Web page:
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Electric car company Polestar is designing a car that can be manufactured with zero emissions

Polestar’s climate-neutral car won’t use any offsets. Instead, the EV company is pioneering car production processes that are truly zero carbon.

Electric car company Polestar is designing a car that can be manufactured with zero emissions
[Photo: Polestar]
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When companies make a “carbon-neutral” product, it usually involves buying carbon offsets that support projects like reforestation in distant forests. Forests need the help—but it doesn’t eliminate the fact that making the product itself is still a source of pollution. Polestar, a Swedish electric car company owned by Volvo, is taking a different approach: The newest car it’s designing aims to completely eliminate emissions in manufacturing without the use of offsets. “Offsetting is a cop-out,” Thomas Ingenlath, Polestar CEO, said in a statement.

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The company plans to reach net zero overall by 2040, but the new climate-neutral car will come out by 2030. “We really want to listen to the scientists telling us that it’s not only [whether] we reach net zero that is important, but also how fast we get there,” says Fredrika Klarén, the company’s head of sustainability. “So we decided to really create this moonshot goal for ourselves to create a climate-neutral car in 2030 that will enable us to hopefully find solutions that let us radically reduce emissions within this decade.” (The company says “climate-neutral” rather than “carbon neutral” to emphasize the fact that it’s tackling all greenhouse gases, not just carbon.)

Fredrika Klarén [Photo: Polestar]
Since the company makes only electric cars, its products already have a sustainability edge. But even if a car charges on renewable electricity and emits no pollution from its engine, manufacturing still has a significant impact. The company calculated that another model, the Polestar 2, rolls out of the factory with a 26-ton carbon footprint. Most of that comes from the materials within the car, from steel and aluminum to the battery. “We need to get down to zero on all incoming components,” Klarén says. “So that is of course a huge challenge.”

Some industry suppliers are beginning to work on alternatives. The Swedish steel company SSAB, for example, is working on fossil-free steel made with renewable energy and hydrogen, with plans to bring the steel to market by 2026. Aluminum manufacturers are also shrinking the footprint of making aluminum; Apple worked with a manufacturer to pioneer a new “low-carbon” aluminum for its products that eliminates the emissions from smelting, a key part of the process for making the material ready to use. Battery-recycling technology is improving, and Polestar plans to push for battery collection so that materials can be reused as much as possible. Every material used in the car will have to be replaced by a new alternative.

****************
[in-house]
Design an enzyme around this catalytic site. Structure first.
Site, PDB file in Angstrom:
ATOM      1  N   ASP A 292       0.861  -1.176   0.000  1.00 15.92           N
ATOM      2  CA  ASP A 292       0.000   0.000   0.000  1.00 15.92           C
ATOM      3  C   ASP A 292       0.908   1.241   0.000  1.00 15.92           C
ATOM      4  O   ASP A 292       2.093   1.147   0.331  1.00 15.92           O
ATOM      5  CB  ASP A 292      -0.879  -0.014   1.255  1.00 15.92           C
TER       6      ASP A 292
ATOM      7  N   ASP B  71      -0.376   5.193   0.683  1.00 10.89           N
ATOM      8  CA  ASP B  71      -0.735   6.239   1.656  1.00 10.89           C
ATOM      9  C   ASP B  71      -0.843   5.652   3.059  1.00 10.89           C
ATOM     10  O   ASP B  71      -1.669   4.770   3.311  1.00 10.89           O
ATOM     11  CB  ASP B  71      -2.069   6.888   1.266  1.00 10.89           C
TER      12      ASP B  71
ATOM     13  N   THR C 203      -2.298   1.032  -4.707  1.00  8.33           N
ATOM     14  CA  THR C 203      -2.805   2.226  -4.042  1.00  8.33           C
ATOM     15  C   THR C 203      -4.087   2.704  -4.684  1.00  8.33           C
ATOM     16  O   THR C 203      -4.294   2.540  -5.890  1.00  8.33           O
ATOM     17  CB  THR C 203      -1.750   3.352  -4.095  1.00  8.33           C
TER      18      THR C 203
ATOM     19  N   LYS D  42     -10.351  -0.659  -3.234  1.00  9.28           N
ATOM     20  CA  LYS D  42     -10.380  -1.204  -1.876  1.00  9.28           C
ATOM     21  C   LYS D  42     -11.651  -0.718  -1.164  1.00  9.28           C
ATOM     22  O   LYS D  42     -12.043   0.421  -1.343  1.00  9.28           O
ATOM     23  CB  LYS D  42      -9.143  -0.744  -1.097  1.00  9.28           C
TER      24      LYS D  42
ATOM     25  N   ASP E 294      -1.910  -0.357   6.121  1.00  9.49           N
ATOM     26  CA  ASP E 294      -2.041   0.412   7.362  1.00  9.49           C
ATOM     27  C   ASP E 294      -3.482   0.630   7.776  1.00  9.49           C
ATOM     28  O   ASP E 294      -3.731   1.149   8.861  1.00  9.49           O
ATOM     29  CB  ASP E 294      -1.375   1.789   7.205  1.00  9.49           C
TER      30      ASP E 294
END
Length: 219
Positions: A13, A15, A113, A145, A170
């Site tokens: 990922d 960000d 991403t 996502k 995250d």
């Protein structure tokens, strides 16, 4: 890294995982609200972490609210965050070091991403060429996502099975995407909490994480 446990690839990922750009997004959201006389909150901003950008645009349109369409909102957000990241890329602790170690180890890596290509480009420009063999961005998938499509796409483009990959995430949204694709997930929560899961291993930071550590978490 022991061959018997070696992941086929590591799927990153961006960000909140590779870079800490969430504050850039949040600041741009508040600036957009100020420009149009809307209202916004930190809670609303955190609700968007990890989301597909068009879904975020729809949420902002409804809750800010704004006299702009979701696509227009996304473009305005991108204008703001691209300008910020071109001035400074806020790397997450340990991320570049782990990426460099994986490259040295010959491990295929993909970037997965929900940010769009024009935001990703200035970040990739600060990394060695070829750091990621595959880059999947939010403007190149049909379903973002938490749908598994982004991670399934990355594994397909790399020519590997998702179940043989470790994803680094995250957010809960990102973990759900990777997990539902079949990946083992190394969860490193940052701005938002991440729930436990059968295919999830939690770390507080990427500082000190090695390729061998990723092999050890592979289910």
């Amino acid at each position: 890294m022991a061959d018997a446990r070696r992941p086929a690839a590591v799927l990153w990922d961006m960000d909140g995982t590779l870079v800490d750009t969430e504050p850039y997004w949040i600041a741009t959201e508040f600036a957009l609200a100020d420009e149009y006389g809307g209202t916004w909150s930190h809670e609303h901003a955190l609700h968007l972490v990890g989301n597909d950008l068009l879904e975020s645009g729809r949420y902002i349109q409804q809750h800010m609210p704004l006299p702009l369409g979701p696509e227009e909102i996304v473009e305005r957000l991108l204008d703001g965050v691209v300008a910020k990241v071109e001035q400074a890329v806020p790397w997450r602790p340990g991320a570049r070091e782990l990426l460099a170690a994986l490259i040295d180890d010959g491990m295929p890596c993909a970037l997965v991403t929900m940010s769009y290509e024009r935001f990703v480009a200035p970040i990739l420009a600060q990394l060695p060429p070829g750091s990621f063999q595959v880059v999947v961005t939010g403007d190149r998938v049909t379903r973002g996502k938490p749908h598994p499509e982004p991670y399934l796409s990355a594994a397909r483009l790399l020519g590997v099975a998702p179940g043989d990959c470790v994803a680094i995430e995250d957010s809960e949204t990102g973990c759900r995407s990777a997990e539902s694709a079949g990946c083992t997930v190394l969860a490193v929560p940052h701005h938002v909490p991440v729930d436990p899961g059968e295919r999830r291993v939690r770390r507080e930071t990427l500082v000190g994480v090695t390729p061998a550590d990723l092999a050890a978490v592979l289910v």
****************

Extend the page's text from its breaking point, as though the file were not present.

[Photo: Polestar]
While suppliers are making progress, “it is in the pilot stage,” Klarén says. “During the coming decade, we really have to go from pilots to scaling up. And that is the moment that we want to take part in. We want to create demand for all of these interesting and important solutions that are now being investigated.

“We don’t have all of the solutions here,” she continues, noting that the company doesn’t yet know what the car will look like or how it will surmount each challenge, but it’s committed to figuring out how to produce the car without relying on offsets. “If the industry cannot produce one climate-neutral model in 2030 through reduction, then we have failed miserably. We are just so clear about the fact that we need to get here. With offsetting, we of course support forest conservation investments and renewable energy. But scientists tell us that it doesn’t have the impact that is intended and it’s just not a long-term, sustainable solution. We really have to dream of an industry that actually can eliminate carbon emissions and that will stop the reliance on fossil fuels. And that is what we want to do.”

About the author

Adele Peters is a staff writer at Fast Company who focuses on solutions to some of the world's largest problems, from climate change to homelessness. Previously, she worked with GOOD, BioLite, and the Sustainable Products and Solutions program at UC Berkeley, and contributed to the second edition of the bestselling book "Worldchanging: A User's Guide for the 21st Century."

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